We toast our son. We drink our tea. We count the years.

Today another storm on Mars has passed. There will be edited highlights and an astronaut, having survived the weather again, will clean the lenses of Cameras 5 to 11. Maybe it will be Joe.

It took my son eight months to reach Mars. Sometimes Michael tries to explain how he got there, the speed at which the capsule moved through space. Joe will have looked out at the solar system and the glow of the stars and the planets: like a king, a messiah, he has said, as if he could seduce me with the beauty of an idea I’ve never had. But I can only imagine a Purgatory where my son is now, a halfway world. I can’t speak to him there; I can’t reach him.

Before he left, when he was in Siberia, and then the American desert, and then Chile – I remember the echo of my voice on my mobile phone, the second or so delay from a landline. From Mars, my husband has explained, there is a 20-minute delay – that’s how far away it is. You can’t hold a live conversation. Distance makes it impossible. You have to let go.

So you see the storms, though frightening, are not the worst thing. And the waiting is only time, after all.

 

Tonight will be clear. Stars will prickle in a matte black sky. I know where to find the red planet now, whatever the time, whatever the season.

I remember my son under the streetlamp that night: leaping, hand extended, into the circle of light. On Mars, the gravitational pull is less, so he’ll be able to jump higher, while I click on names and navigate links. Annie Ridley. Sarah Morgan. Susannah Ward. Sarah Bate. On and on I’ll go, while pieces of Mars, millions of years old, containing tiny traces of Martian air, orbit the earth.

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Cherise Saywell

How I did it

Usually it takes me ages to write a story; I like to get the words on the page and then shift them around. I almost never like what I’ve written, not at first. I tend to put things away and then return to them, rewriting again and again. I start on the computer, but if I’m struggling with a sentence or a paragraph I’ll use pen and paper. I used to think that if I was any good then writing would be easy – I now know it’s supposed to be difficult. 

This story was unusual in that I wrote it in just four weeks, at the kitchen table. From very early on I had the bones of it – the beginning, middle and end – I knew what it would be about. I’d been reading about the Mock Mars Mission in Russia where six astronauts were kept together in isolation for 520 days. There are several projects aiming to send humans to Mars. One plans a permanent settlement where the journey would be one-way. I went online and read about the weather on Mars and the storms. I wondered what it would be like if someone you loved went there; how you might be able to communicate, but not continue your relationship in any meaningful way. I grew up in Australia and I often think about the early explorers, and the convicts and emigrants who boarded boats knowing they’d never come home.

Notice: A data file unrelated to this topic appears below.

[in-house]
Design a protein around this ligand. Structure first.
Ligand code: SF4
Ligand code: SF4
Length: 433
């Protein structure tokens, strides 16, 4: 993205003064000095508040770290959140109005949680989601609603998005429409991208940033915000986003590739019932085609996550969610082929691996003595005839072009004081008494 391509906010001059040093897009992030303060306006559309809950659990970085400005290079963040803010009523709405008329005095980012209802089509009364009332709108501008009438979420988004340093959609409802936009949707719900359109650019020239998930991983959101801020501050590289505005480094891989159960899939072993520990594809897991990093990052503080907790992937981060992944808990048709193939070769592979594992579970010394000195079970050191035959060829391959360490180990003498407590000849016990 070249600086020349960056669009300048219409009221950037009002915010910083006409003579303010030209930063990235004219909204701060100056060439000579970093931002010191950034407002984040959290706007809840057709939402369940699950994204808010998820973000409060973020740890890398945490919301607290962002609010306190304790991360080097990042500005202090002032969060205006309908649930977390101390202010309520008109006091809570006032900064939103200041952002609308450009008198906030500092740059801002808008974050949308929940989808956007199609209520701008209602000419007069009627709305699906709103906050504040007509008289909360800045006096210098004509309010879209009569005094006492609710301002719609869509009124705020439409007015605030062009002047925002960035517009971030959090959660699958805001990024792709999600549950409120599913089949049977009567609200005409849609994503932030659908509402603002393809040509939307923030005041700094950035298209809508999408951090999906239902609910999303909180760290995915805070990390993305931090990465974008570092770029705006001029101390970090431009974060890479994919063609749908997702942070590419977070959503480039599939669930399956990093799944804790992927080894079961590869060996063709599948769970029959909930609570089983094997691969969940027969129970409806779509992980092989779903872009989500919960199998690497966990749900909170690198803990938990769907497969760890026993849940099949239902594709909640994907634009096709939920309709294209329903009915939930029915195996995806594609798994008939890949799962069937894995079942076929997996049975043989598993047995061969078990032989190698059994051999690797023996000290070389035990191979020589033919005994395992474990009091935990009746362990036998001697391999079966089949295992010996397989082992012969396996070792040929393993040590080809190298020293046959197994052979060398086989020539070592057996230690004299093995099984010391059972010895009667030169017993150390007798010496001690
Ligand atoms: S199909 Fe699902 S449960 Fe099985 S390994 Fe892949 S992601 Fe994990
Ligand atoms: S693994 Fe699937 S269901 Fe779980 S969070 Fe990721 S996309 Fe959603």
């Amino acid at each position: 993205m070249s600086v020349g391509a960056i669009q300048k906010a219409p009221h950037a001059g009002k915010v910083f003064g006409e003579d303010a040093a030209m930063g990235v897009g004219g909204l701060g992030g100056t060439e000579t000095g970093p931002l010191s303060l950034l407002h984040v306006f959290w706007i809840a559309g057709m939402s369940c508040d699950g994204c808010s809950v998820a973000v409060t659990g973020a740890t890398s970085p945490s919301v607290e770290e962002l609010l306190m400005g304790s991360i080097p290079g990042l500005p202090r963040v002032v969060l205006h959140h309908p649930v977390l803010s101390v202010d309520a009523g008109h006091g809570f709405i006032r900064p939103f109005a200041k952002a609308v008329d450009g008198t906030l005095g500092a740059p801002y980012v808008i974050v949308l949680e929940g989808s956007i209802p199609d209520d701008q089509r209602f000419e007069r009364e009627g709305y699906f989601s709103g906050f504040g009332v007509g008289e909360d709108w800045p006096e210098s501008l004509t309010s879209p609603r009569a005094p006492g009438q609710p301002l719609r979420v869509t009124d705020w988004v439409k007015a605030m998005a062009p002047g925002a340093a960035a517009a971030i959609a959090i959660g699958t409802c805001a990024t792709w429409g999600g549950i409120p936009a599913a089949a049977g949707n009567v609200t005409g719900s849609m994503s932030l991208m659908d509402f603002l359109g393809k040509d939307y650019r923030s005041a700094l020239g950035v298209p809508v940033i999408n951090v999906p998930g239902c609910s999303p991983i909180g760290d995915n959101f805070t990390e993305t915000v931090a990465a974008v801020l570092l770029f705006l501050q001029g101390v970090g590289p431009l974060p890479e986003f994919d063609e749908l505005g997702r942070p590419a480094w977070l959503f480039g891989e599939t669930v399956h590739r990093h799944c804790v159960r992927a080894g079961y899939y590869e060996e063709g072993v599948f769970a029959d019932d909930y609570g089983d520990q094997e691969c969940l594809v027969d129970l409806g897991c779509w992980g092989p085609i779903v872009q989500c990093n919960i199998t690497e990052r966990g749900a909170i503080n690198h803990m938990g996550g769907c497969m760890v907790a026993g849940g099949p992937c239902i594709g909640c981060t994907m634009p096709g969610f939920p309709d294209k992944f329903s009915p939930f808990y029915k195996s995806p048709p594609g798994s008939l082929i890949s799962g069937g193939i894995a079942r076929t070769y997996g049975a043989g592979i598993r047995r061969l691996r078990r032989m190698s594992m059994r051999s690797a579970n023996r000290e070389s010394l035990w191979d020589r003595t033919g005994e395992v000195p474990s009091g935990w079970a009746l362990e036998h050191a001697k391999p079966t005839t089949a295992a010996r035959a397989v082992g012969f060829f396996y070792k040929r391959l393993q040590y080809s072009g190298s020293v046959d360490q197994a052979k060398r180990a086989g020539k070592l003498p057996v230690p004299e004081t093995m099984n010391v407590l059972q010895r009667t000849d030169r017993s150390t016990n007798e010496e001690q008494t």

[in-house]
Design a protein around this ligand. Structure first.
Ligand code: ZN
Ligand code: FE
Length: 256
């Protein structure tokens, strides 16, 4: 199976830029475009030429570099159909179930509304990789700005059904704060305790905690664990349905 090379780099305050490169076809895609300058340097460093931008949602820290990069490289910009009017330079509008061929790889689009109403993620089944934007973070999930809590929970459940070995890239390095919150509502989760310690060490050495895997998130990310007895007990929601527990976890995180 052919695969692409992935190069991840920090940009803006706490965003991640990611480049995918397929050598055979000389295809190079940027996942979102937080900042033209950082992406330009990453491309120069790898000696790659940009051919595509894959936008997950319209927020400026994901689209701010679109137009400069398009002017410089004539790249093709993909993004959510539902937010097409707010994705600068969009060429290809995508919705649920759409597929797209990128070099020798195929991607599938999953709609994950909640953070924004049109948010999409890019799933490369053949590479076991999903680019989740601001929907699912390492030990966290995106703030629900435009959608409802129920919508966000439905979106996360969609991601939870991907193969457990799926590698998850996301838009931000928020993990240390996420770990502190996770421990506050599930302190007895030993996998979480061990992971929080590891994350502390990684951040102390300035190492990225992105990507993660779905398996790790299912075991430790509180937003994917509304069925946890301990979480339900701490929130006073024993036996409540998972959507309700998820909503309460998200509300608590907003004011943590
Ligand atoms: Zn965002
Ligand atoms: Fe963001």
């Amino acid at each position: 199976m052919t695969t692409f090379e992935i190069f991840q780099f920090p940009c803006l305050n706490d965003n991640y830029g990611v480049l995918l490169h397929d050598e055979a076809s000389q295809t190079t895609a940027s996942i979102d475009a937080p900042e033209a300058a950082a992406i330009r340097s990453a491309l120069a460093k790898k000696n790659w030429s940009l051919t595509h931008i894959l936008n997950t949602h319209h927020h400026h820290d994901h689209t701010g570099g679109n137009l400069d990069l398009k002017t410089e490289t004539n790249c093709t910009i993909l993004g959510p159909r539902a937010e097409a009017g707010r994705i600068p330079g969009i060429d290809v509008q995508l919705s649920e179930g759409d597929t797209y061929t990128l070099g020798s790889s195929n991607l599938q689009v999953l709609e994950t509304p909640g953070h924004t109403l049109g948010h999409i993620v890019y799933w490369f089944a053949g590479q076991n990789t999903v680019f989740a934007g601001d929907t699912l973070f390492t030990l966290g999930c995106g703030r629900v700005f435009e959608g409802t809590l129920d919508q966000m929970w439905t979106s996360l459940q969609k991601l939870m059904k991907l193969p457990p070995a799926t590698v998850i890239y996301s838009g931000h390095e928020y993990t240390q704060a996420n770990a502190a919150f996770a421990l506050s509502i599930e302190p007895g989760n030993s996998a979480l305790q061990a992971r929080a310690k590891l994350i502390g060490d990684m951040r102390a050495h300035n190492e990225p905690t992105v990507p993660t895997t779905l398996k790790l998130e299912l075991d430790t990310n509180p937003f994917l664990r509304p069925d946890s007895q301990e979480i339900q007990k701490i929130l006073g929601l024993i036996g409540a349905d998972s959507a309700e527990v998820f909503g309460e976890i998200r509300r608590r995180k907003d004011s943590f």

I was thinking about all this at the same time we were moving from the house where my two children had spent most of their lives – my oldest is now a teenager. I had such a strong sense of that separation, of things moving beyond me, my boys growing up – they inevitably grow away from you. I think that’s the heart of the story. The woman in it isn’t me, but there’s one image I poached from my life.

Having children made me focus on my writing – I began when my eldest was a toddler. I joined a writing group and did a correspondence course with the Open College of the Arts. I’ve done two Arvon courses and these were brilliant. I still exchange work with a friend in Norwich who I met on my second one, and with my friends in Edinburgh. They help me see what’s working and what isn’t.  

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Cherise Saywell has two school-age children and lives in Edinburgh. She grew up in Australia and has worked in media studies research, and in various admin jobs, producing annuals for UK football clubs and as a Royal Literary Fund Fellow at Sterling University. Her two novels, Twitcher and Desert Fish, were published by Vintage in Australia. She writes every day, if only for half an hour, hot-desking in her flat, in libraries, while travelling – but works best very late at night.